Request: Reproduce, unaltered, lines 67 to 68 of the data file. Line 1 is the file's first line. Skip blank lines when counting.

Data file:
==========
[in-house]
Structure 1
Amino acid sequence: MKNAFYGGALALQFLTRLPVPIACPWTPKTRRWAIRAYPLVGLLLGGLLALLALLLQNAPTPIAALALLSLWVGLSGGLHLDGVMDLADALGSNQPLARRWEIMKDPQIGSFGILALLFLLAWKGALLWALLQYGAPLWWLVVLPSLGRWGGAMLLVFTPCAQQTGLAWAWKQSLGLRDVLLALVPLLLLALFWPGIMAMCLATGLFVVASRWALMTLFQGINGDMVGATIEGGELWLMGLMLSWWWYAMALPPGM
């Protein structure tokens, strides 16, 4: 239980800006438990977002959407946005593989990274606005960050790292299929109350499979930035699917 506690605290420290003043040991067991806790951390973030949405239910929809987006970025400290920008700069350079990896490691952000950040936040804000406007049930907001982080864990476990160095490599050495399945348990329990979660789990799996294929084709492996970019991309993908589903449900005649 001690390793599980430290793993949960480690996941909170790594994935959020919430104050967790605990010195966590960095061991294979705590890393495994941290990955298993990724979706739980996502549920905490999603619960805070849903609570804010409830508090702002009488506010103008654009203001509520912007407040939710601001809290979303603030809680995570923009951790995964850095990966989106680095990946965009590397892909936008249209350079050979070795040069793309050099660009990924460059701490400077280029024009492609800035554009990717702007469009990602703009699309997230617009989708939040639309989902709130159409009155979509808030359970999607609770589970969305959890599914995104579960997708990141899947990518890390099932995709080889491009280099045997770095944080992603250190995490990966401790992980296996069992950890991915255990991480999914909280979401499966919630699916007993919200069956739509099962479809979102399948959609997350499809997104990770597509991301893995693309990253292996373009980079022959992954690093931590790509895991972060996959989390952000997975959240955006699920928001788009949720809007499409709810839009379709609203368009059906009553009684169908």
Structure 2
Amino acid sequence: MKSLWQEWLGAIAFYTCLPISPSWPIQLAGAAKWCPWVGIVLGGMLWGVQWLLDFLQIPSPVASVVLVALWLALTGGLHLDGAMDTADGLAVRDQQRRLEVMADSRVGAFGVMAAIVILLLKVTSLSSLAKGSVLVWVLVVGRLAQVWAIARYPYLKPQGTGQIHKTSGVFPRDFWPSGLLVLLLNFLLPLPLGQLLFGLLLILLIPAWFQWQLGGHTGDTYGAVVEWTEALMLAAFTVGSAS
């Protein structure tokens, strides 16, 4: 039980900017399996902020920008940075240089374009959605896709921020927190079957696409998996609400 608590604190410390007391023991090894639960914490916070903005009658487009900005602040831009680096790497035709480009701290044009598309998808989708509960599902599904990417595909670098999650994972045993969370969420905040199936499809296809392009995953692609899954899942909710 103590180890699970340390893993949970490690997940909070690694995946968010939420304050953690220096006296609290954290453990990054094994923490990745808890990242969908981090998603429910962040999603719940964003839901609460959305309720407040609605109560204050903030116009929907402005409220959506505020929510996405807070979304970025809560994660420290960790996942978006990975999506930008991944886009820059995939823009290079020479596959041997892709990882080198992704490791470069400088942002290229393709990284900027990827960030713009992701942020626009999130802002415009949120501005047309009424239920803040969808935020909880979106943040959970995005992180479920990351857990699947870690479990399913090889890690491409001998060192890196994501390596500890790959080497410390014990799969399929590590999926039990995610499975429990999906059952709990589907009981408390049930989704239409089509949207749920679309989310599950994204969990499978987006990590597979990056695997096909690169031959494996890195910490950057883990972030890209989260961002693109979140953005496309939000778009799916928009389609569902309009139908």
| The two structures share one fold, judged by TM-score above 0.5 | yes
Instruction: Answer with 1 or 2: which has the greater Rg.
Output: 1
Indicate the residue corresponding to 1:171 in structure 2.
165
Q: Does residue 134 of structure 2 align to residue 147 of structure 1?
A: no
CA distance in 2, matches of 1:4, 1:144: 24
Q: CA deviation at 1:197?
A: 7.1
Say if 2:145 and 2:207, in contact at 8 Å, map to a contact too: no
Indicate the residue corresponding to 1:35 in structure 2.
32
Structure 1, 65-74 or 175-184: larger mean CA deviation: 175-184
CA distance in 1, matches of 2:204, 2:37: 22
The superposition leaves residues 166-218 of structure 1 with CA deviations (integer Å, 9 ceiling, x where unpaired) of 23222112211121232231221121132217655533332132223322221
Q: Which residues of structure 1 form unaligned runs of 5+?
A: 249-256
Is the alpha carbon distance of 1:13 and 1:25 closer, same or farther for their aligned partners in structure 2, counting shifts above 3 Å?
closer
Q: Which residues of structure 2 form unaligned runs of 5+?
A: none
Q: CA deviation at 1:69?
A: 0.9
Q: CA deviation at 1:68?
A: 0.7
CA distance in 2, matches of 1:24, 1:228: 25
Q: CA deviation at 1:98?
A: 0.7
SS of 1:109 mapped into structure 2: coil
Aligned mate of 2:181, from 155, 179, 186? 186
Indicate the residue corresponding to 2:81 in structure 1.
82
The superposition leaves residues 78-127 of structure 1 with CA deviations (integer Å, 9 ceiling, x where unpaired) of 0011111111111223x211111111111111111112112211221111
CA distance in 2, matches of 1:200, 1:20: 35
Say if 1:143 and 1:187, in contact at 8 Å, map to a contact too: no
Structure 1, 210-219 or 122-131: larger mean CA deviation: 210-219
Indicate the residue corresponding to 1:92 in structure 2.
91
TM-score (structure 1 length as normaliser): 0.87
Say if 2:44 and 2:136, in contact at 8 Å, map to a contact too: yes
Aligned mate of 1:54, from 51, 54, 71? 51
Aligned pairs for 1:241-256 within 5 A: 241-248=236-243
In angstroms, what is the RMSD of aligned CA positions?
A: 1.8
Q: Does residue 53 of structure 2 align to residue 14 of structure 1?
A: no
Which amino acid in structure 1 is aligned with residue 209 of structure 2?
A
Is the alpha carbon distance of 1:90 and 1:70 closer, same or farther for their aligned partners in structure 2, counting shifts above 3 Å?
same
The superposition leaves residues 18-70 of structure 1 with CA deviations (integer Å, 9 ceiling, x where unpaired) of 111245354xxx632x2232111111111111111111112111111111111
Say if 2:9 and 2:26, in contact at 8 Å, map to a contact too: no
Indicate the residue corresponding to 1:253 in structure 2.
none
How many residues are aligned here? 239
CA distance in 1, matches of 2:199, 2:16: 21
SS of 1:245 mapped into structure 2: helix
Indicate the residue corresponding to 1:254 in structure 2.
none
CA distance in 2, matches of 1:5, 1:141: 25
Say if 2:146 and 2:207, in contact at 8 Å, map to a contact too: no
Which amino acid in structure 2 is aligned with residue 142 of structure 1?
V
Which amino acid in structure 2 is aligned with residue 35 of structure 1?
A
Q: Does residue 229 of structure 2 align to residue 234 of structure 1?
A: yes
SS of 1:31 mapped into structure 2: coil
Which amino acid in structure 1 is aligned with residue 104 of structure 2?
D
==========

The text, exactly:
none
CA distance in 2, matches of 1:5, 1:141: 25